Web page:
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I have a service where servers upload 20kb xml files to my server.

There is no session, it is a single POST request and that's it. Each individual request is authenticated based on the contents of the xml file.

There are socket related tweaks that I will have to make as during load testing the server exhausts its sockets pool (32K).

Anyhow, I was wondering what things might change when I bring a load balancer into the equation that would round robin requests between 2+ web servers.

Could the load balancer re-use sockets?

Again, just want to be clear, client servers are posting a file over to my server, once the file has been http posted they are 100% completed. Any subsequent http posts will be considered a new 'transaction'.

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Wouldn't you still have an issue with the back-end server running out of sockets, regardless of how the load balancer handles it? The way I see it you'll have 2+ times the number of available sockets but the number is still finite. From where I'm sitting it looks like you need to solve this on the back-end server(s). – John Gardeniers May 11 '12 at 0:57

I'm assuming you are refering to SO_REUSEADDR rather than connection multiplexing. The only benefit this gives is that a socket in TIME_WAIT does not prevent a new socket binding to the same address. I've never come across a system which actually uses the TIME_WAIT phase for what it is intended for - if you've got lots of sockets in TIME_WAIT maybe you should just reduce the timeout.

Making it all go faster would help too - but you've not given a lot of information on the set up here and the pattern of traffic.

Any type of proxy load balancer will give you even fewer clien connections than you have now (since each incoming connection requires a connection to the back end devices). OTOH RRDNS will halve the load without the complexity and cost of a SPOF.

it is a single POST request

So we talking HTTP here? If so then then there's ENORMOUS scope for tuning.

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All leading load-balancers have a form of connection reuse and pooling, they just call it something different. They are ultimately designed to process packets very quickly and efficiently.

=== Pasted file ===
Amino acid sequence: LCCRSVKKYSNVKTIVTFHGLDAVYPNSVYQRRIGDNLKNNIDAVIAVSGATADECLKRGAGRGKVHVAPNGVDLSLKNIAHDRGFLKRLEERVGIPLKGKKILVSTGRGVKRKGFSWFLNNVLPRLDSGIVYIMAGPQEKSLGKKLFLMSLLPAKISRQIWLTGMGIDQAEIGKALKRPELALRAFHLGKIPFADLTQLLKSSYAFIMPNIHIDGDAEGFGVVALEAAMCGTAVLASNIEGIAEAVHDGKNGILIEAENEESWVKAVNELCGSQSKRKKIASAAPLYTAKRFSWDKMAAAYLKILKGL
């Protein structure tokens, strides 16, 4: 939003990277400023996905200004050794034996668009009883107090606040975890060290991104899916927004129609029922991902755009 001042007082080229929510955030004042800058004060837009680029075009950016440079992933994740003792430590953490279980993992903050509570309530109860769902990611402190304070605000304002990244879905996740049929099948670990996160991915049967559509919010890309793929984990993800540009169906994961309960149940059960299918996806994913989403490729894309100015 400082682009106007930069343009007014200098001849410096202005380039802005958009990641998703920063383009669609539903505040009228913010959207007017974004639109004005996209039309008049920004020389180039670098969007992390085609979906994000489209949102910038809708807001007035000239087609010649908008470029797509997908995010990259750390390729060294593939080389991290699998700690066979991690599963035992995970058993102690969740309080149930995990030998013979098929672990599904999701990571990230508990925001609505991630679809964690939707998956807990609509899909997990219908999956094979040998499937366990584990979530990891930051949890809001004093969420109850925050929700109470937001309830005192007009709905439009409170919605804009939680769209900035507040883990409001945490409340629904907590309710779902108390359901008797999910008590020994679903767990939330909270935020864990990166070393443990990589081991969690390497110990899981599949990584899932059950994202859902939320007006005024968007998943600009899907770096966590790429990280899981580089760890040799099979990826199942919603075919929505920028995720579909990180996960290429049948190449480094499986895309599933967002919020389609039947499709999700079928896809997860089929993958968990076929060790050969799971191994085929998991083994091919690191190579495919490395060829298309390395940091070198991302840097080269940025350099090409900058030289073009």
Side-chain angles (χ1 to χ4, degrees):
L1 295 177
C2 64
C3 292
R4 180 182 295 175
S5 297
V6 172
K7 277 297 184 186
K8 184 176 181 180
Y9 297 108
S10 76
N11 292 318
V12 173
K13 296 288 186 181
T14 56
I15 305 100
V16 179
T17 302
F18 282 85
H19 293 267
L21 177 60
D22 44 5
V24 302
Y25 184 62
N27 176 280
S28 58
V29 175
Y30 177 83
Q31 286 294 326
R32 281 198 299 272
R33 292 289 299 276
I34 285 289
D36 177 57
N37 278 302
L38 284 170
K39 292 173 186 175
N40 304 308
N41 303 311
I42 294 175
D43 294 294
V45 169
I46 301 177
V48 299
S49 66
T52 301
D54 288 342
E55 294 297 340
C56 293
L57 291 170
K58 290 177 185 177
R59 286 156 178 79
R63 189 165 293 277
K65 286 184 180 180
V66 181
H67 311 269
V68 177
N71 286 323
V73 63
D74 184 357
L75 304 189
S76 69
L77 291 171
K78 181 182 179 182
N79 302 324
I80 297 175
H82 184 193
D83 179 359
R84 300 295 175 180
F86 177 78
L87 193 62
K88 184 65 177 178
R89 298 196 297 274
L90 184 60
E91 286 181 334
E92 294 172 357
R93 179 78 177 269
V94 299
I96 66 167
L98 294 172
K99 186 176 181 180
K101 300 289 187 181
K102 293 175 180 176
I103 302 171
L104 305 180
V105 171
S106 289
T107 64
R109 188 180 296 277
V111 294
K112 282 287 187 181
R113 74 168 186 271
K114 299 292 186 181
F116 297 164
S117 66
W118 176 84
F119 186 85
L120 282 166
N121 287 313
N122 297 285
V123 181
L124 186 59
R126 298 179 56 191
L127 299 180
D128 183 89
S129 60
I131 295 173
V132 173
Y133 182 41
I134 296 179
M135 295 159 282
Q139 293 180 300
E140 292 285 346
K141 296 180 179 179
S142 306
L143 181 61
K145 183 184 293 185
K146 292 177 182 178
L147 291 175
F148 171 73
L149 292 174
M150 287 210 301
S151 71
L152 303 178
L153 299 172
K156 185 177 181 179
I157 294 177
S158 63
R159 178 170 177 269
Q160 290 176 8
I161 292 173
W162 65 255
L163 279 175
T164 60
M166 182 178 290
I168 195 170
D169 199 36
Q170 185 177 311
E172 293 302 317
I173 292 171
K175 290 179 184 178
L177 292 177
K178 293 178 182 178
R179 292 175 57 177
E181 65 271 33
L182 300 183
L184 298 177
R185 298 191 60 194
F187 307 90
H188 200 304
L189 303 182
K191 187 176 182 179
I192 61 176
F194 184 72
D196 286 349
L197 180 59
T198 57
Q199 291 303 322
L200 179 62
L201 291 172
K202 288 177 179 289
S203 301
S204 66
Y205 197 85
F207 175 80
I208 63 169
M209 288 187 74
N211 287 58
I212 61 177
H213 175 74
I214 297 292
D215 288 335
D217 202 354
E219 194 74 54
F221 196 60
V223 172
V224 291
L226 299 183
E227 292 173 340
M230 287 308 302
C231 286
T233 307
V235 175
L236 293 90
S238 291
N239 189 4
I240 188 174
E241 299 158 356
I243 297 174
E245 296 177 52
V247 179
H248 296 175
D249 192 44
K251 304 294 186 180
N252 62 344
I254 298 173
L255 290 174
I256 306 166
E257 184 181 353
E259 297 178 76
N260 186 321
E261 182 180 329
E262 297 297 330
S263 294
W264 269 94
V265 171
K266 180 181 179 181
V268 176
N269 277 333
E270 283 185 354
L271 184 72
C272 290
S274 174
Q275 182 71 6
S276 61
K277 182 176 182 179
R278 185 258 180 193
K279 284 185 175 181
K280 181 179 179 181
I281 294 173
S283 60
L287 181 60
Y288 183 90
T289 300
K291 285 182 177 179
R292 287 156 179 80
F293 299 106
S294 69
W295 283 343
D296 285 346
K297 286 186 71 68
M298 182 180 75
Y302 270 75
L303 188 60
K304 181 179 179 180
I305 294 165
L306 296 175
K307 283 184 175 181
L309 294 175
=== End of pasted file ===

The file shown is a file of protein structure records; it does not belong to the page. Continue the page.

F5 calls it OneConnect, Netscaler TCP multiplexing…..I don't know enough about the other vendors or open-source solutions.

This feature enables load-balancers to re-use TCP connections on the server-side and greatly improves the performance of the web application on the back-end. When a connection is finished so-to-speak, its moved into a reuse pool on the load-balancer and matched to a subsequent connection if suitable (if it's not suitable the load-balancer will open a new TCP connection to the server). There's no connection teardown and so there's no need for the subsequent three-way handshakes on new connections or for the server to assign or remove the memory assigned to the open sockets. The other thing to note is that the server-side connections are sequential, it's not pipelining.

Without connection re-use, it's a 1-1 correlation (between client and server) and in my experience, performance (of the application) is drastically reduced with load on the back-end server much higher. If it's SSL traffic, you'll see a CPU hit due to the key exchanges.

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I think it'll depend on the load balancer. I know F5 has a feature called OneConnect that allows the load balancer to multiplex multiple requests to open sockets. This reduces the overhead of socket creation/teardown for each higher-level protocol transaction.

I know other load balancers have similar features, though I'm not as familiar with them.

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